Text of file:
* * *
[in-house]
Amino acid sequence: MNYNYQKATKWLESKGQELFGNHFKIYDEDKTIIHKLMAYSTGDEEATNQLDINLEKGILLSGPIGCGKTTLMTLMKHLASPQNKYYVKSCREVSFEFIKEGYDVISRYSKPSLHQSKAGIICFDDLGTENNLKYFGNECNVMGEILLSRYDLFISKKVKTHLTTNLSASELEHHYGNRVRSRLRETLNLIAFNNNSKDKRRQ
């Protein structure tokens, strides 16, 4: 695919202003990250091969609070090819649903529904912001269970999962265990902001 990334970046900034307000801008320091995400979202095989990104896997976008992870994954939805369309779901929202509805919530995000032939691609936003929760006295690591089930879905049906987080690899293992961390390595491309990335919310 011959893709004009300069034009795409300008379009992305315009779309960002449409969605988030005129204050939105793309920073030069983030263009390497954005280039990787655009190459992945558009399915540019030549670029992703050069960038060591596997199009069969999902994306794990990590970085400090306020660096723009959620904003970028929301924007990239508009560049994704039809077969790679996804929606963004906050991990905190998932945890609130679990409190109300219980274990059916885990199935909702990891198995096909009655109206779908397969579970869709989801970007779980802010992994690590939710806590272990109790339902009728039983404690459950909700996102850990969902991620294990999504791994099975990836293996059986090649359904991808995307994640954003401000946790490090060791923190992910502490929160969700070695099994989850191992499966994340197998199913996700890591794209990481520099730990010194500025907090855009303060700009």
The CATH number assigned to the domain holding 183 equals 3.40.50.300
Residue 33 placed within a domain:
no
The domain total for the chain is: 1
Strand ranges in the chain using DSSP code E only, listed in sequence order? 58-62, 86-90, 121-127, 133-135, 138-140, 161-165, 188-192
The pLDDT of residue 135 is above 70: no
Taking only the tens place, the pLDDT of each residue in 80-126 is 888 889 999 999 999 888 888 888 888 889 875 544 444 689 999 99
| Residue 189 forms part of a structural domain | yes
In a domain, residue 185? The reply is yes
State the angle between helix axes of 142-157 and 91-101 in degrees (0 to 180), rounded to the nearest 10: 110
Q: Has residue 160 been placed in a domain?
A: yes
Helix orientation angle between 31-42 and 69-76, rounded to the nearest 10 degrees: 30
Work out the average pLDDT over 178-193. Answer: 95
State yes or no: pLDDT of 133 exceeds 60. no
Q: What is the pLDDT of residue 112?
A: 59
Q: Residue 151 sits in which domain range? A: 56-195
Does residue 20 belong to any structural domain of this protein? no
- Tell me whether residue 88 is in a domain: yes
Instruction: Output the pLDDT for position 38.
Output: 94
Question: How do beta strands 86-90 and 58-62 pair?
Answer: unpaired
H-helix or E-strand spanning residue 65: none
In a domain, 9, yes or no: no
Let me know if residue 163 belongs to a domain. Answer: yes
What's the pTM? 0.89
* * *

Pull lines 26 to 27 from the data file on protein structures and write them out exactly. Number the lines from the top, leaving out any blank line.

Question: How do beta strands 86-90 and 58-62 pair?
Answer: unpaired